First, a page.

This article is part of our series “COVID-19: 1 Year Later,” exploring the ways COVID-19 has affected and changed daily life over the last year. For two weeks, we surveyed our readers on how COVID-19 has affected them. Read our survey results here. Today, we write about how the Murfreesboro Center for the Arts weathered the COVID storms.
Murfreesboro Center for the Arts (CFTA), like most of the world, thought when COVID-19 hit that they would be back in business in two weeks, no more than a month. Then it became obvious that it would be longer. They tried to make plans by shifting shows two months out, then four months out, then to the Fall, quickly realizing they had no idea how long the pandemic would last and planning was futile.
CFTA’s Initial Reaction
“It was devastating…The [first] decision…made [was] to cancel the current production at the time, The Diary of Anne Frank,” said Executive Director Patience Long, “… to comply with the Stay at Home Orders. Our staff shifted from in office to working from home–and we had our first zoom call later that week. When we settled on the fact that The Center would be shuttered for an uncertain amount of time, the staff worked on making arts accessible in a virtual world.”
After allowing themselves a chance to be disappointed, the staff then took a deep breath, dusted off their creative brains and made plans. They started offering what they could virtually, holding special workshops on Facebook that included singing lessons with their Artistic Director and stage manager workshops. Children’s programming was shifted to virtual, and they started working on what a virtual production would look like. And they held a director’s seminar to encourage people who have always wanted to direct a show the opportunity to attend and learn.
How They Survived
“The Center had been on a journey for the past five years and had seen incredible growth,” said Long. “As time passed and our theater was still shuttered, I grieved a little. I knew we were going to surviv, but felt we wouldn’t start back where we left off. We would have to grow our programs again. With ticket revenue halted, we unfortunately had to make the tough decision to let the majority of our staff go. The Center went from a staff of 23 to a staff of four.”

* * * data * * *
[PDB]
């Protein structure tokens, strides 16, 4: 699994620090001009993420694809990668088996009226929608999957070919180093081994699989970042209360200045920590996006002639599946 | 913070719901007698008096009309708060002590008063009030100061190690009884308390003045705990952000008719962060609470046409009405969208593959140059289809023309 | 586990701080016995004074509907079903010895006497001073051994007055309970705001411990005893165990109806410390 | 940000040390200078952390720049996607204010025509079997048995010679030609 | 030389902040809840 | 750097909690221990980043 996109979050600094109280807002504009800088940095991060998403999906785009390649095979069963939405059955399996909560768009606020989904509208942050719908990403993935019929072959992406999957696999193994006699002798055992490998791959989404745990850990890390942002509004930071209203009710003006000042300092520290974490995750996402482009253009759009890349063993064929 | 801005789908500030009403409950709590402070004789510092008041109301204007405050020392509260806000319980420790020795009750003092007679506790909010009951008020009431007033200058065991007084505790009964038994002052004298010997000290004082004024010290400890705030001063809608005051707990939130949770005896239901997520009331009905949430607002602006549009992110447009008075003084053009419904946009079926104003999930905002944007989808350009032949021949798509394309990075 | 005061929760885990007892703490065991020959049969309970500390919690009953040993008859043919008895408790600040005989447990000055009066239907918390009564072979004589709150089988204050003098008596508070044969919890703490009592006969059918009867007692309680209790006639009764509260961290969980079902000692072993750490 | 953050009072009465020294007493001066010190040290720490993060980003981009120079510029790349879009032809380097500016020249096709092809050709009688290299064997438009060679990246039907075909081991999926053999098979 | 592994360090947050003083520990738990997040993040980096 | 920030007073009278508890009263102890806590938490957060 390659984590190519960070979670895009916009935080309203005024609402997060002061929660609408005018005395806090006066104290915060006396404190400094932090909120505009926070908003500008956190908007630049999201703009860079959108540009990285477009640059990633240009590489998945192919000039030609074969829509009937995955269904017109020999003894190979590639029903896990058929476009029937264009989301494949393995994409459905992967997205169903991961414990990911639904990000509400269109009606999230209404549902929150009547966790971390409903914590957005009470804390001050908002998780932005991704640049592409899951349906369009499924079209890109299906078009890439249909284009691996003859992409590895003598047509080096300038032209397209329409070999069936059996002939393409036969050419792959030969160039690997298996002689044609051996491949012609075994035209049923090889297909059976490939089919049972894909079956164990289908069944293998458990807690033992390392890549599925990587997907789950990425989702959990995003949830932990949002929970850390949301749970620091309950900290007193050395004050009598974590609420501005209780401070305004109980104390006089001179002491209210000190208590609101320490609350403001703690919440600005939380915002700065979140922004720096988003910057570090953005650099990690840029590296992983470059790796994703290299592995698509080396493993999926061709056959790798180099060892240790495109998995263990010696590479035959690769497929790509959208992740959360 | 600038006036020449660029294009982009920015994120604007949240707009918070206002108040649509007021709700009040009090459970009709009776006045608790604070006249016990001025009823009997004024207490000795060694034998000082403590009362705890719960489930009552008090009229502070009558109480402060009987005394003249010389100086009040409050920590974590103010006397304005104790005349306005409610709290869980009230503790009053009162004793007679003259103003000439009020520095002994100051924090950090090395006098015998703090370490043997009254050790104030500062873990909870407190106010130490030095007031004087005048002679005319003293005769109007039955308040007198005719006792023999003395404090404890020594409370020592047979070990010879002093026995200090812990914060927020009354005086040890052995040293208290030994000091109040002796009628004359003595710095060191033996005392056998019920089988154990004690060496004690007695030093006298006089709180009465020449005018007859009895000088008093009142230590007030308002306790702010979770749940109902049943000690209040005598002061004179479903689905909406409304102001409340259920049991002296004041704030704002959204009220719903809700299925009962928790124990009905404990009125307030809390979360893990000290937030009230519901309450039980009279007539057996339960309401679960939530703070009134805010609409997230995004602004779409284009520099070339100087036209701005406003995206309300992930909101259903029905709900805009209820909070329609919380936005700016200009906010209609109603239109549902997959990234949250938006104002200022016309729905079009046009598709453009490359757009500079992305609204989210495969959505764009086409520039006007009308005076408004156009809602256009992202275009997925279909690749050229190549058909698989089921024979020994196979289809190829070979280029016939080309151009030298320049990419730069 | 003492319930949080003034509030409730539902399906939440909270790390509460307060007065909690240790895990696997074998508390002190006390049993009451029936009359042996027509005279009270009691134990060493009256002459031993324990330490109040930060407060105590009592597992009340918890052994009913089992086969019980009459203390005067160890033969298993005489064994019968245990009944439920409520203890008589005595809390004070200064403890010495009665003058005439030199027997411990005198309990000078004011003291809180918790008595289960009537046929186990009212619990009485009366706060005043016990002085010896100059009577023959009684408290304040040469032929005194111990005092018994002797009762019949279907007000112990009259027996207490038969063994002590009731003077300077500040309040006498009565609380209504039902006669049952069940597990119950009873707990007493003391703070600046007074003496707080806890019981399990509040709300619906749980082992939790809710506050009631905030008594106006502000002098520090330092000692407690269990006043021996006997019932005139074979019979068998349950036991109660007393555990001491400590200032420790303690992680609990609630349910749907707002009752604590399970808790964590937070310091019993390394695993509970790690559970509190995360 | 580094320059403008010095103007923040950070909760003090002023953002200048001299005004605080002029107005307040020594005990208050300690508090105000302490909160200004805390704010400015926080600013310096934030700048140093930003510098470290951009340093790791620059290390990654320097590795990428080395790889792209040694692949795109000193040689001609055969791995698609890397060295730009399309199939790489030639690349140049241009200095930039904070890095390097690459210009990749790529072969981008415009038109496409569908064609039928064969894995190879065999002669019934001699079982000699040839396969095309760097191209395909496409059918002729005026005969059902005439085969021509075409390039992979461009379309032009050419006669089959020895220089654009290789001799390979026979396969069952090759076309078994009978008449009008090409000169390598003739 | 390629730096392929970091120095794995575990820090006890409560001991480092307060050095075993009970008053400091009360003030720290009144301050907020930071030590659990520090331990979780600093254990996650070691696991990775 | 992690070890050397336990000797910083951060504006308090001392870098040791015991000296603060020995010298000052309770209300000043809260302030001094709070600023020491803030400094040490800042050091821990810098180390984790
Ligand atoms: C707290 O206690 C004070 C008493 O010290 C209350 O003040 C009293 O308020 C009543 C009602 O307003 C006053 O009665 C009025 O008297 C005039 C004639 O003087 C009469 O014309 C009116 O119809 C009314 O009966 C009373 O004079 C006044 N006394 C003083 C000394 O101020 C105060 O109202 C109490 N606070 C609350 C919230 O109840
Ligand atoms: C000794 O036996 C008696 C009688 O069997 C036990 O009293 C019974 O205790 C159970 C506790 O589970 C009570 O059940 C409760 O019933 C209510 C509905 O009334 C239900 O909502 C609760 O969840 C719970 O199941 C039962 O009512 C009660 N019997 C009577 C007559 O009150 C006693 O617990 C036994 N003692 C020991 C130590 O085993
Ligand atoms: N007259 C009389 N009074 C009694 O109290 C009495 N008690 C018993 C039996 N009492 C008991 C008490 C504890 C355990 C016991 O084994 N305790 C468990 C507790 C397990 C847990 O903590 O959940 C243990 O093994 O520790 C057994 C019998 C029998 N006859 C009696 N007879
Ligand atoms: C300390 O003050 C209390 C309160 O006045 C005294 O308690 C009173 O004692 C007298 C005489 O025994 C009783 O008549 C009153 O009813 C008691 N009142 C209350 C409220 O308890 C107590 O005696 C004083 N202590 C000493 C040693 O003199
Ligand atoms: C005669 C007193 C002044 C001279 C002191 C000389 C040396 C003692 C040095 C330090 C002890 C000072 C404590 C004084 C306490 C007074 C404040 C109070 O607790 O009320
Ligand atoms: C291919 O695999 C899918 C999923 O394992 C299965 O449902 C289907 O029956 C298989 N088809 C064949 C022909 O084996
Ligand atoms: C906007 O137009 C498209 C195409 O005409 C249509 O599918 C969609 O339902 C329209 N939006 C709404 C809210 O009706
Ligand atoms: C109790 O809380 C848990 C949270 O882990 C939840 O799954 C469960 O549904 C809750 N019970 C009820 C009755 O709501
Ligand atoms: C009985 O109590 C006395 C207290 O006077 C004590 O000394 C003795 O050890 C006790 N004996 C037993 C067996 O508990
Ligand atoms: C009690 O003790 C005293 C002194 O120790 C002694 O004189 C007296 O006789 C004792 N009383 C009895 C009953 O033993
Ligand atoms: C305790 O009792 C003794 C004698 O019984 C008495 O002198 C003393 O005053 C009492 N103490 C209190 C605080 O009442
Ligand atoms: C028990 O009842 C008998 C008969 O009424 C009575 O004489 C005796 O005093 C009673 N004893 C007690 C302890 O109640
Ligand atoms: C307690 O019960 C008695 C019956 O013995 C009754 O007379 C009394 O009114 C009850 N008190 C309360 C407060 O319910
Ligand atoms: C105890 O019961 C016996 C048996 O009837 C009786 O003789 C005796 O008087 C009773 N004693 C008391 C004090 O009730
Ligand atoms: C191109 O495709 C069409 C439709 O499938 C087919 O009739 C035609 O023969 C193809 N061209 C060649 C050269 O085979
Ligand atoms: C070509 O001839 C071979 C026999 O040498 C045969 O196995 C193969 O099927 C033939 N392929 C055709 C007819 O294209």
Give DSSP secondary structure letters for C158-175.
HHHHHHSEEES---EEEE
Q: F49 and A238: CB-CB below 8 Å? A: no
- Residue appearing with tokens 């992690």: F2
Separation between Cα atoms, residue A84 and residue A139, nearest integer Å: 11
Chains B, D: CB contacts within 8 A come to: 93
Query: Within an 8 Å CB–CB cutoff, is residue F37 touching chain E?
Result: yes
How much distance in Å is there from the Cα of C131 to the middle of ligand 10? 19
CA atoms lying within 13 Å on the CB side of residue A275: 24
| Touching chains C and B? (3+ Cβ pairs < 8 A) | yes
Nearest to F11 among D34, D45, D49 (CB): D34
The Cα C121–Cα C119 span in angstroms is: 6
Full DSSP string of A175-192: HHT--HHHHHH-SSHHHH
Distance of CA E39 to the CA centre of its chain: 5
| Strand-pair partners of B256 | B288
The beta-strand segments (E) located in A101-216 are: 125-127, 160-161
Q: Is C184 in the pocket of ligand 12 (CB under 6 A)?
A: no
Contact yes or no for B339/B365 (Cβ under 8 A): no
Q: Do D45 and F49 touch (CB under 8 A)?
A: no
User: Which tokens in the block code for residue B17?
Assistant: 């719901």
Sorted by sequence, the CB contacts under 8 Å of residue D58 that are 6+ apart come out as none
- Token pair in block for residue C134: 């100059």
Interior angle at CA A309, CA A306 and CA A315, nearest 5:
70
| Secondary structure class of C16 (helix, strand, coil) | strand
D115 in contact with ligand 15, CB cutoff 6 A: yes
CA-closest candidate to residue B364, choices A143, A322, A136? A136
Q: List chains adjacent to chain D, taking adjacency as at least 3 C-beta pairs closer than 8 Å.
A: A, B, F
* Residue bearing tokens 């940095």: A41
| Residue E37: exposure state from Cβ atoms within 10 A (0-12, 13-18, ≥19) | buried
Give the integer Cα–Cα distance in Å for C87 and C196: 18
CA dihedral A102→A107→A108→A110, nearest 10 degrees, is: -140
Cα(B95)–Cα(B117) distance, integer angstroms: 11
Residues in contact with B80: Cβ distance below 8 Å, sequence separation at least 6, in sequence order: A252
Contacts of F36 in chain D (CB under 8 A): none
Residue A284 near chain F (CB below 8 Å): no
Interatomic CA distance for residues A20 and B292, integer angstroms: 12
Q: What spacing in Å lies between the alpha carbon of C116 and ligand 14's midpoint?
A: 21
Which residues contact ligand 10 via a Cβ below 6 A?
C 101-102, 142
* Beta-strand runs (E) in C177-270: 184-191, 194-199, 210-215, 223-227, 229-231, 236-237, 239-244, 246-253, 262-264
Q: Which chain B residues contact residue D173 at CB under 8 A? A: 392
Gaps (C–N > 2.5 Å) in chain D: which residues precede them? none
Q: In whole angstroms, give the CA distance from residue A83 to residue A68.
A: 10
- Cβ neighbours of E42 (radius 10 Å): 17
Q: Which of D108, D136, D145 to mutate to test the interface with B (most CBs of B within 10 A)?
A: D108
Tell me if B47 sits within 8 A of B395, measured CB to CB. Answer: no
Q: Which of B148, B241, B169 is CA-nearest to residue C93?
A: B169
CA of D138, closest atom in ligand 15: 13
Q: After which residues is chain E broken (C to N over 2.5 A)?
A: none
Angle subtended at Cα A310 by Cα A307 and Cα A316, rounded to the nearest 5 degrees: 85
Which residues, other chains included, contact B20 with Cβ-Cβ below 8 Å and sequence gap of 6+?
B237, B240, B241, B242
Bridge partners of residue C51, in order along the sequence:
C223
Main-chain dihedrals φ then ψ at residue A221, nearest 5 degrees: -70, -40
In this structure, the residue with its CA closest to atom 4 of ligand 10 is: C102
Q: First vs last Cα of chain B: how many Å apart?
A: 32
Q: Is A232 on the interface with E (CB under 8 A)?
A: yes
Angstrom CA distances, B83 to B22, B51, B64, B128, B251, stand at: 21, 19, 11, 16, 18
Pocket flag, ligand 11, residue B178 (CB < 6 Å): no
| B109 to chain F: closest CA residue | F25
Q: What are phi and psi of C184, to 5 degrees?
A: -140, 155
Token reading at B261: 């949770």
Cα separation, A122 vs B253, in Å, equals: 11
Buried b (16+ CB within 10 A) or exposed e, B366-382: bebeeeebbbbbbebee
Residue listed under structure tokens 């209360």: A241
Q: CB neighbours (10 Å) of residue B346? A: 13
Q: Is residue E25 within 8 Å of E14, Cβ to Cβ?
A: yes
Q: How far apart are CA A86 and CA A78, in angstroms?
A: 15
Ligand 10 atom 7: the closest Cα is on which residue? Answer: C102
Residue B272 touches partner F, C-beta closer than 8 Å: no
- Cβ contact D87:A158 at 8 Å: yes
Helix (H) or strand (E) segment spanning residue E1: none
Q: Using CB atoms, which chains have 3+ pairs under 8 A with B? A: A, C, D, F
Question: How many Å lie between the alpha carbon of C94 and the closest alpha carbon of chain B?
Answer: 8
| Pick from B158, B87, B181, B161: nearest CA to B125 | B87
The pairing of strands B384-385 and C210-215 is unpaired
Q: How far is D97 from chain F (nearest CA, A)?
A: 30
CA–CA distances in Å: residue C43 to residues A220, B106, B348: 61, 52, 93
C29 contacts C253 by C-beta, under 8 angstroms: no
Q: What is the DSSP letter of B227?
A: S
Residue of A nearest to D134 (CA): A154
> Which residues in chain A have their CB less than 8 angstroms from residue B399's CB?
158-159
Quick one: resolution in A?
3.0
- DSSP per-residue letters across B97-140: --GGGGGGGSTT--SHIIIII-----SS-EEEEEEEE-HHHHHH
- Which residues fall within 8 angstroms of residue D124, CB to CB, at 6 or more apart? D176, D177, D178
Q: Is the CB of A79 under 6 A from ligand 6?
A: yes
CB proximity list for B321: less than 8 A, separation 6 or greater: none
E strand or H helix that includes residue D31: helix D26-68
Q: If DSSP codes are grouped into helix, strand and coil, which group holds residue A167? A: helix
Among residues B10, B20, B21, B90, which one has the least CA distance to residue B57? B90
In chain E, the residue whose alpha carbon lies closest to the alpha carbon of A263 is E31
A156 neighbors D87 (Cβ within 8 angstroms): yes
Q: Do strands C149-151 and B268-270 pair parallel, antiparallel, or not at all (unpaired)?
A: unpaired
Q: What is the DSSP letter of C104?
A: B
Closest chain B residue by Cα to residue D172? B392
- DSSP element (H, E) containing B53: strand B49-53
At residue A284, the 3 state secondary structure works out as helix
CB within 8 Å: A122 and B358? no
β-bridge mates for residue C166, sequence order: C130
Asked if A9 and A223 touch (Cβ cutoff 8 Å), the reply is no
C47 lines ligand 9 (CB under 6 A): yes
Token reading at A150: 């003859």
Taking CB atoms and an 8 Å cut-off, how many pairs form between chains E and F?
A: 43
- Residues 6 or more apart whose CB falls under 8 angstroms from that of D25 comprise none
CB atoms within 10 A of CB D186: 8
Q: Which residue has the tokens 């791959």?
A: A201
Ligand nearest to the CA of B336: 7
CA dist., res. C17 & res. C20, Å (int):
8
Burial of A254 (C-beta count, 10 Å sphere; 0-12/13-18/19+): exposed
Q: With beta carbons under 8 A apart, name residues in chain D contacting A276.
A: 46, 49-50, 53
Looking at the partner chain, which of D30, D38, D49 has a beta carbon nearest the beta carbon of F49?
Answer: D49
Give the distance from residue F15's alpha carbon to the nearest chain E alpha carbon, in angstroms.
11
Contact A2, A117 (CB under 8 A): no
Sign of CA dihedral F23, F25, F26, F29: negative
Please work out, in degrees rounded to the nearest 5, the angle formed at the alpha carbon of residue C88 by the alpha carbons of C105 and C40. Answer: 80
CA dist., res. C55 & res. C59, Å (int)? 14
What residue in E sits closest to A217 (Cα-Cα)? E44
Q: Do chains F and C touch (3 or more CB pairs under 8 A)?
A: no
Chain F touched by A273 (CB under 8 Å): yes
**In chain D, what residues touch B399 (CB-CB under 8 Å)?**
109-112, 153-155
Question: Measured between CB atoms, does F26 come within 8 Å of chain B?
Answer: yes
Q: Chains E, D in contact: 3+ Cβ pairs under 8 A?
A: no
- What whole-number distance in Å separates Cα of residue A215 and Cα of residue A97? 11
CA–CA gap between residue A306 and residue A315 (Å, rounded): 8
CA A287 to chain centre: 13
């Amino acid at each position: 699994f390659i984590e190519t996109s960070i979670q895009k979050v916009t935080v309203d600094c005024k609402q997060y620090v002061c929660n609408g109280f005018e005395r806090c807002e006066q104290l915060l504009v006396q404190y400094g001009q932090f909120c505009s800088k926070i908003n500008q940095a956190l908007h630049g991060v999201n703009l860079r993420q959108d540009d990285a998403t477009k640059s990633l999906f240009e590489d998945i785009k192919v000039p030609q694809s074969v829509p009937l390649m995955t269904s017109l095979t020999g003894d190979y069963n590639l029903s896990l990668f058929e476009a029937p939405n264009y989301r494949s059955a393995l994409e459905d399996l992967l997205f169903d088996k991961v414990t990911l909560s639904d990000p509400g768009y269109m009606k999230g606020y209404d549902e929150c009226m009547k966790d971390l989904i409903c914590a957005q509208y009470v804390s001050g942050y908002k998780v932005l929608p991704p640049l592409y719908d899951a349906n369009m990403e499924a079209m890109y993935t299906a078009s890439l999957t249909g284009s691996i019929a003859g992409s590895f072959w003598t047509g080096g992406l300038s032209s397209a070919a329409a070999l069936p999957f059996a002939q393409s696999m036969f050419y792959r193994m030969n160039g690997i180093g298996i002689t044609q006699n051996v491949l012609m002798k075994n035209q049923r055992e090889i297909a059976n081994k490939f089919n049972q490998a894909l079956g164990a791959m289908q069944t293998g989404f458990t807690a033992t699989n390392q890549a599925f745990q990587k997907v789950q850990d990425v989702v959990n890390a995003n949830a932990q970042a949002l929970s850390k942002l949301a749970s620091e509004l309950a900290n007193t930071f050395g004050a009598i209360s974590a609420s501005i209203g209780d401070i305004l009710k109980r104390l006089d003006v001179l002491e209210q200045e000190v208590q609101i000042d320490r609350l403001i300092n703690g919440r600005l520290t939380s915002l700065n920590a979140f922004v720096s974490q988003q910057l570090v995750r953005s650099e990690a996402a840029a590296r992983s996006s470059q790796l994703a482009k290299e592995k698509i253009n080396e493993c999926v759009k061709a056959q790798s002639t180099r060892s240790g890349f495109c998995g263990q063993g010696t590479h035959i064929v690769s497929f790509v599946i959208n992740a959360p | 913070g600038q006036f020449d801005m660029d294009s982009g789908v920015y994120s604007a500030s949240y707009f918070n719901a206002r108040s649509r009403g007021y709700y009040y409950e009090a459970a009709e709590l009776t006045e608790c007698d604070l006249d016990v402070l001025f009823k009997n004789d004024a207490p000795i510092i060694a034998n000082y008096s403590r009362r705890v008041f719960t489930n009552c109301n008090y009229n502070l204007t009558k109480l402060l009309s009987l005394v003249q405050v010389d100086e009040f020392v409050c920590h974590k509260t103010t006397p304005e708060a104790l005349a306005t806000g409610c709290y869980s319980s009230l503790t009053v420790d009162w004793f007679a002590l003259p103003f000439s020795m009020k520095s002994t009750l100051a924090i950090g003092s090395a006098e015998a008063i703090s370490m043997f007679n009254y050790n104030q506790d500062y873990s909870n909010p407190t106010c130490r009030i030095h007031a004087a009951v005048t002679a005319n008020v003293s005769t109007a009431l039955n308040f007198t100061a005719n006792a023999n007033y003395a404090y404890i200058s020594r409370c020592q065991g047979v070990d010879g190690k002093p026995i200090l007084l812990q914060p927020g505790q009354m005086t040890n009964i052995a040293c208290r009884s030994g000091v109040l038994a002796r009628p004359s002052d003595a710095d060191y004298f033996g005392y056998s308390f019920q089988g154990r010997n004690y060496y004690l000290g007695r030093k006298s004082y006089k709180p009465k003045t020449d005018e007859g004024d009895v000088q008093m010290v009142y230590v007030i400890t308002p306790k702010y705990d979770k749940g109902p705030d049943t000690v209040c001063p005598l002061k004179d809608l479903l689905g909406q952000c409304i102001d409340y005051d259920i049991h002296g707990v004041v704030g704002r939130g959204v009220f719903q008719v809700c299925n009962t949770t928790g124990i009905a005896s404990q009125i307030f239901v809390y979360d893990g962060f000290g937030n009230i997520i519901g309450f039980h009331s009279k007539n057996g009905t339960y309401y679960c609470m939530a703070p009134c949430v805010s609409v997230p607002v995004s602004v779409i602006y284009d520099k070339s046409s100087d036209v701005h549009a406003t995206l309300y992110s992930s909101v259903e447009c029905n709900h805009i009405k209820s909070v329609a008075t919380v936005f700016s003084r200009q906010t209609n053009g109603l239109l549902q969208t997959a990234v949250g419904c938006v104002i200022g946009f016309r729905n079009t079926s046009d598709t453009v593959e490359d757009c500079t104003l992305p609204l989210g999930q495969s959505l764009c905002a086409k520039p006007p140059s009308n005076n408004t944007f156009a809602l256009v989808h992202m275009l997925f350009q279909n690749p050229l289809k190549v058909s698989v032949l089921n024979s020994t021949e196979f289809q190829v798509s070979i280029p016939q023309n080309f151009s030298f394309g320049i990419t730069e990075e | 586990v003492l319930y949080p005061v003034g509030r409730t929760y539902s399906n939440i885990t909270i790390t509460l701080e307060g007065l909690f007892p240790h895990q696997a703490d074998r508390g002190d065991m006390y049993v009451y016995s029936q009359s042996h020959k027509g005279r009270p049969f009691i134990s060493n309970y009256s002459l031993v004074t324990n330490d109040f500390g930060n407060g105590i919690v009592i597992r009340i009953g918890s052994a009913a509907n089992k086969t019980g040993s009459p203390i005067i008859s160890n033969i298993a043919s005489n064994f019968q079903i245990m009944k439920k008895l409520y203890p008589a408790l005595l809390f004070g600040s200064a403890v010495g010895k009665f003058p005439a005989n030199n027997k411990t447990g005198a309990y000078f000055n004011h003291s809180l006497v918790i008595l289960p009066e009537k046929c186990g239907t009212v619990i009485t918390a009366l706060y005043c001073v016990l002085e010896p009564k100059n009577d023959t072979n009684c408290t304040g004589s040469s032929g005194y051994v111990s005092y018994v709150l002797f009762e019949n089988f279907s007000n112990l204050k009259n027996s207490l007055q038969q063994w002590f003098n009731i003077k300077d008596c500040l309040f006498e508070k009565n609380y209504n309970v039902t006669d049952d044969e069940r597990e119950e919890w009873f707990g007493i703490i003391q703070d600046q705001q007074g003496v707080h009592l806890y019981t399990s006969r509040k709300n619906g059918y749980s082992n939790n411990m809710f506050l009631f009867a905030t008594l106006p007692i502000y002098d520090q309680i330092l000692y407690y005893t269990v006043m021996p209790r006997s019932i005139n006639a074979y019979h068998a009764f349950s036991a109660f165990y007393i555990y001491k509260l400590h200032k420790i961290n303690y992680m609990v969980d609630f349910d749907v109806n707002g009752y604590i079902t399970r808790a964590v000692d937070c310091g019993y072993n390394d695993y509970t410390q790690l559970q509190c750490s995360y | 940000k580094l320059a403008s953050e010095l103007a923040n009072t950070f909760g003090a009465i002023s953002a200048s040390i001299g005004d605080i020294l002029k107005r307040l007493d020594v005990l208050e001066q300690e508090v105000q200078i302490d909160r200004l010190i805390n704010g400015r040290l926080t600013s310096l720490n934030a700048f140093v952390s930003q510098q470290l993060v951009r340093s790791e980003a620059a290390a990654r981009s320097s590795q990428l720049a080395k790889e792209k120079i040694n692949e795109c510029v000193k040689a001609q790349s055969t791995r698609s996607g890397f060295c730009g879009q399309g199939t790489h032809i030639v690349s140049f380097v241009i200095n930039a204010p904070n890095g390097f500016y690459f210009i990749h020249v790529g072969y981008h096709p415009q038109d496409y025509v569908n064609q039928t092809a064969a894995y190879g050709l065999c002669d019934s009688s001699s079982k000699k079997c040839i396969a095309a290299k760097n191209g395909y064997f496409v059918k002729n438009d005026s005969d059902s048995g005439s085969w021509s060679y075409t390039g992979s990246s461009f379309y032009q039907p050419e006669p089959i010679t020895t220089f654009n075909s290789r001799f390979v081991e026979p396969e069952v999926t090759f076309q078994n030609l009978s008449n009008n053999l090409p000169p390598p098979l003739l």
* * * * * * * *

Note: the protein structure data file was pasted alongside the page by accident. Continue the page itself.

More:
Long and what was left of her staff found it hard to navigate financially in the world of COVID-19, but although they were basically back at the beginning, they have excellent fundraising skills.
“Our staff worked on finding new grants,” explained Long, “we learned about government programs that offered help during the pandemic, and we created some virtual fundraisers. We applied and received the first round of the Paycheck Protection Program which helped to keep the core staff paid. Our funders were even more generous with their giving. The community really stepped up to help us. The level of appreciation and gratitude we have for every person, business, and community organization that came to our aid, is boundless.”
Now that The Center can open back up, they are doing it with thoughtfulness and determination. Their plan in February of 2020 looks completely different from their plans today.
“We stopped our 2020 season after three shows, and had an additional 10 shows planned,” said Long. “We decided we were only going to postpone the remaining shows and resume our season once we were able to get back to some sort of normalcy. We are working now with the royalty companies to secure the rights again for our shows and will hopefully make an announcement soon. But we are moving forward with a fall opening date!”
The Center started back with in-person classes for children in October, and have been able to produce two outdoor adult shows and three outdoor youth shows for the public.
“We are resuming our in-person summer camps,” added Long, “with some modifications. We are limiting the number of children able to attend camp, and have implemented some other policies to make sure the kids have a safe, fun summer experience.”
They are also planning a production in August that isn’t a part of their regular season, but it will be their first indoor production since March 2020. Art will be back in the gallery at the same time. The Center’s season will resume in October.
“We are currently working now on our protocols for opening back up now,” said Long. “We’ve been in meetings and seminars with other arts organizations so we can learn from one another.”
The Center installed a new Air Filtration system that will help with eradicating germs including COVID-19 from the air. As far as masks — no masks — social distancing? They are taking that one day at a time.
Thanks for Keeping Arts Alive
“If you see anyone who works in the arts field,” added Long, “know they’ve been working really hard to keep the arts alive. I’m proud of our staff, our volunteers, our children, our parents, our board, and our community for not giving up and moving forward. That, in itself, is a huge accomplishment!”